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Posts from Koen de Groot, Amsterdam, Netherlands

Koen de Groot, Amsterdam, NetherlandsKoen de Groot, Amsterdam, Netherlands
Koen de Groot, Amsterdam, Netherlands

Aldous Huxley said something similar. Here is his "iron law of sexuality": "As political and economic freedom diminishes, sexual freedom tends compensatingly to increase."
Source: http://www.directessays.com/viewpaper/75326.html

Koen de Groot, Amsterdam, Netherlands

Douglass' dictum is plausible, but nothing more than that. I submit that it becomes more plausible if it is elaborated as follows. "To educate a child (not "a man"!) is to teach him obedience. This is because freedom is responsibility, because responsibility implies obedience to one's self and because the capacity to obey is not inborn. Since only their parents have rightful authority over their offspring, it is the parents who must shoulder this task. By forcing (yes, forcing) their children to be obedient to *their*, external, authority, the parents prepare them for obedience to their *own*, internal, authority, and thus for individual freedom. If parents shy away from this task, as they have been indoctrinated to do for the past half century, their children will likely remain as dependent as they were at birth. They will remain slaves, first to their needs and their passions, later to their peers and to fashion, and whatever else prevails. And the public (!) schools will take it from there. They will mould them to become citizens of the New World Order, who are actually unquestioning, uncritical and unfree, but have been taught to believe themselves the opposite." In other words, if we want freedom rather than slavery, we should reclaim our educational responsibility as parents AND abolish the public schools. Knowing something about Frederick Douglass, however, I doubt very much if this is what he meant.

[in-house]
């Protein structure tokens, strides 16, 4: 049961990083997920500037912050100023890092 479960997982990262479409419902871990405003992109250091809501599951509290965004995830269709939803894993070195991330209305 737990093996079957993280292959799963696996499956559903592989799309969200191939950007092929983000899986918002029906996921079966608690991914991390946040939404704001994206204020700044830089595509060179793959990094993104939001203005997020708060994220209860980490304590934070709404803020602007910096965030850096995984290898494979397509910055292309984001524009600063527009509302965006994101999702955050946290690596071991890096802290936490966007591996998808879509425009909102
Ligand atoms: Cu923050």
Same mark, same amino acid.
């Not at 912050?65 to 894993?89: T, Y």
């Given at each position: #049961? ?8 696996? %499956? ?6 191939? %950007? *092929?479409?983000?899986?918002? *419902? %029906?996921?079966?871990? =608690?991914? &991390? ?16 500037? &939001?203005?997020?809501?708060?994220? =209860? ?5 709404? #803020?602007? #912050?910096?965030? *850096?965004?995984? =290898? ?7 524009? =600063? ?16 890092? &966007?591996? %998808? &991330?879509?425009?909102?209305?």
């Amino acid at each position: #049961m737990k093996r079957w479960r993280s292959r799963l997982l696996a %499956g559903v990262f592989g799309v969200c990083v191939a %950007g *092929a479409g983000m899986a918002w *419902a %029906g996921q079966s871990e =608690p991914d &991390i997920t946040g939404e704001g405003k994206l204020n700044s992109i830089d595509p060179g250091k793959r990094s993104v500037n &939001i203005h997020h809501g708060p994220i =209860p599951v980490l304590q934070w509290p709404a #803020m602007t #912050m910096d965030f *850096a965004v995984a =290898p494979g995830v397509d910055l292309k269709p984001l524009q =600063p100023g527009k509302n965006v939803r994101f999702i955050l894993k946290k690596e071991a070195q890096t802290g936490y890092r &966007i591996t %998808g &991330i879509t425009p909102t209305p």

Koen de Groot, Amsterdam, Netherlands

General Shoup is a hero alright and I think his insight does apply to the present situation. Hence my four stars. Yet he thought that revolutions "must be of the violent type [if] the "haves" refuse to share with the "have-nots" by any peaceful method," and there he was wrong. Morally, because the "haves" are perfectly within their rights if they refuse to share with the "have-nots". Pragmatically, because it is precisely the resolute refusal to share on the part of the "haves" that prevents revolutions from occurring. In other words, revolutions happen because the "haves" do NOT refuse to share with the "have-nots". The "haves" hope to preserve the peace by showing their good will. Alas, good will is something their revolutionary counterparts do not understand. They understand only weakness and strength. Hence they interpret any show of good will as a sign of weakness, and any show of weakness as an invitation to screw up demands. Violent revolution is what you get if this process goes on long enough. And then, of course, the Paradise on Earth: where everyone except the most ruthless or lucky revolutionaries is either a "have-not" or dead. Something tells me that General David M. Shoup might have agreed with this, after all.

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